Getting involved with research as an undergraduate can seem like a daunting task; however, with proper assistance and detailed information everything will run efficiently. Find the opportunity that is best for you from the list below. If you can't find what you're looking for or are unsure about your options, make an appointment with the Office of Undergraduate Research and we can assist you in finding the best fit for a research opportunity.


The Office of Undergraduate Research is excited to announce an exciting new partnership with ScholarBridge. ScholarBridge is tool that promotes student and faculty involvement in academic research. This online network allows professors to post their availability for mentoring students. Student members can search the ScholarBridge data base of professors and opportunities — at any point in their academic career — to actively pursue a research focus and find the right mentor. Visit ScholarBridge and create a free account.



  • Get Advice
  • Finding Opportunities
  • Finding Mentors
  • Contacting Mentors
  • Interview Tips
  • Successful Researcher
  • FAQs

  • Be proactive. Finding professors to work with doesn't happen by accident! Reach out to people you're interested in. They are used to interacting with students and in general will be happy to talk about their work with anyone interested in listening.
  • Be resourceful. There are numerous ways to learn about different research activities at UAB and elsewhere. Most faculty have profiles on department websites (though they may be outdated). Additionally, look up and read past papers by faculty you're interested in. PubMed is a good starting point for biological sciences, for example. Also, don't be afraid to ask former or current students from that lab what their experiences were like; they will be honest!
  • Be professional. When you interact with a PI (Principal Investigator) for the first time, make sure to dress appropriately, be polite, engage in conversation, and ask questions.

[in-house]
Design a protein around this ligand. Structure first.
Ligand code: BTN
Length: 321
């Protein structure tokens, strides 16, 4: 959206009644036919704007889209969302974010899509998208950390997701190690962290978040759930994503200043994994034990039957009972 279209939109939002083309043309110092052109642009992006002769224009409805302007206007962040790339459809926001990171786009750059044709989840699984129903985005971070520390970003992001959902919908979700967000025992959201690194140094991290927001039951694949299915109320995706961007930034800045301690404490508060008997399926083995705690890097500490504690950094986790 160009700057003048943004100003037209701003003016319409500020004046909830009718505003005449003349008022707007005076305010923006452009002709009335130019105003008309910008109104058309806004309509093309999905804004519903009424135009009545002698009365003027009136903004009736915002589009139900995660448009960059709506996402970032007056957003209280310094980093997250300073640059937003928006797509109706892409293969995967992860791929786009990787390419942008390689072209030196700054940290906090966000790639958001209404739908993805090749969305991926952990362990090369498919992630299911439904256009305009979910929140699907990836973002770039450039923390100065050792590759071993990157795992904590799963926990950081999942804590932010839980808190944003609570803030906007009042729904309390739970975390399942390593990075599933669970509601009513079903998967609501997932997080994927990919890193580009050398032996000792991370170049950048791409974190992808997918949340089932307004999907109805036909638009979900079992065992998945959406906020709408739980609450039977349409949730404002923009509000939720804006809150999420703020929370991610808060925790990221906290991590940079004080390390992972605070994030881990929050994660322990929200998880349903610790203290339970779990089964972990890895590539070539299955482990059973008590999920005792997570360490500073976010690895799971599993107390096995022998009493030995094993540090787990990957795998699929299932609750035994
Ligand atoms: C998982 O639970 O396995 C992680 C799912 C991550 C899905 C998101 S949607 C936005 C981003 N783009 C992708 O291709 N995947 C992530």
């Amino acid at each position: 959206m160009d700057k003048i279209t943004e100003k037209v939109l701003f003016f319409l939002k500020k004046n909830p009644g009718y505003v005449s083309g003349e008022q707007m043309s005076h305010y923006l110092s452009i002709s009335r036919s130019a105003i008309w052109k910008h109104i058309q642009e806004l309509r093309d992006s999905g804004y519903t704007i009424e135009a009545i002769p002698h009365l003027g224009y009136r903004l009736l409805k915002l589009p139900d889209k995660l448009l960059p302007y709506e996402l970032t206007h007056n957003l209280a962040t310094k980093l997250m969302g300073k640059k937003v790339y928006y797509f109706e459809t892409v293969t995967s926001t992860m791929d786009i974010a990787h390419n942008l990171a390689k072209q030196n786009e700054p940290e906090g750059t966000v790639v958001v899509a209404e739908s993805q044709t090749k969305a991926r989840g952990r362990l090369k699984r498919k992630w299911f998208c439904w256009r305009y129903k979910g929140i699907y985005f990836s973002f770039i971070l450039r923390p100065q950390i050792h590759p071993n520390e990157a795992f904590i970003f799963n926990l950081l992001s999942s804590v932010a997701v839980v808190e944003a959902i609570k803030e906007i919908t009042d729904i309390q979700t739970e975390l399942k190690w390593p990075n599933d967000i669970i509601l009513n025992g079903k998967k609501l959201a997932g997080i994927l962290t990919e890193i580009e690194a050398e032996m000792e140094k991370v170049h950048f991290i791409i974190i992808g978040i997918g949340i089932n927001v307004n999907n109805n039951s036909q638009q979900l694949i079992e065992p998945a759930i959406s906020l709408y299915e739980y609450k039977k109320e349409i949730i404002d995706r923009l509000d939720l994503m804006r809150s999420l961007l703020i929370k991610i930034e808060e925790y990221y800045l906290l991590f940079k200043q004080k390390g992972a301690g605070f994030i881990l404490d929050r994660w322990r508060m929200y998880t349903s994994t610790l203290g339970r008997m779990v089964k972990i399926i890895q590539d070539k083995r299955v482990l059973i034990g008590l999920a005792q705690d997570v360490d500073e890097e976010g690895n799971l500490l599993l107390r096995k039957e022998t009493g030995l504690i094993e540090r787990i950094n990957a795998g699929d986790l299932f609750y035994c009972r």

• Be honest. If you are trying to work in a lab, talk to the PI upfront about expected work hours, meeting times, project ideas, etc. What you want and what a PI wants may not match up at first, so talk about it sooner rather than later.
  • Be picky. If you are in the position to choose a lab for yourself, don't commit if you aren't sure. The topic of the lab is not the only factor you should consider. How much do people work? Do people get along well? Is the PI accessible? These are a few of the many questions you should ask yourself. Do your homework and make a wise choice.

  • Learn about faculty research in the UAB departmental web pages:
  • Plan to contact several potential mentors in your search for the right fit. Many faculty members are active in research projects and are happy to mentor undergraduates. However, some faculty members may be on leave, or no longer active in research, or only have time or resources to take on a limited number of undergraduate mentees.

  • Remember — not every potential mentor will say “yes”, and not all who do will be appropriate for you. Be prepared to send out 6-10 messages.
  • Mentors value enthusiasm and genuine interest: be familiar with the mentor’s research and be specific about why it interests you. Connect the research opportunity to your academic and career plans.
  • Mentors value commitment and reliability: make clear your availability. i.e., when you can start, how long you can commit, how many hours per week, and your flexibility.
  • Mentors value knowledge and skills: briefly mention relevant courses, grades/GPA, and previous lab experience. Consider attaching your CV/résumé as a pdf file.
  • Make clear your intentions for the relationship — e.g., independent study leading to an honors thesis or work-study position leading to a research opportunity.
  • Make it easy for the mentor to say “yes:” send your request from your address and include your complete contact information.
  • Make it ok for the mentor to say “no:” “If a position is not available in your lab, would you please refer me to a colleague who might have an opening...”
  • Mentors are very busy: keep it short & to the point (8 sentences max).
  • You are starting a relationship: be polite and respectful (“Dear Dr. So-and-so”).
  • Ask to meet with them in person to discuss further opportunities.
  • Be persistent, but polite. Wait a week, then follow up with second email or office visit.
  • If they say yes or no, be polite and thank them. You are still building relationships and a reputation.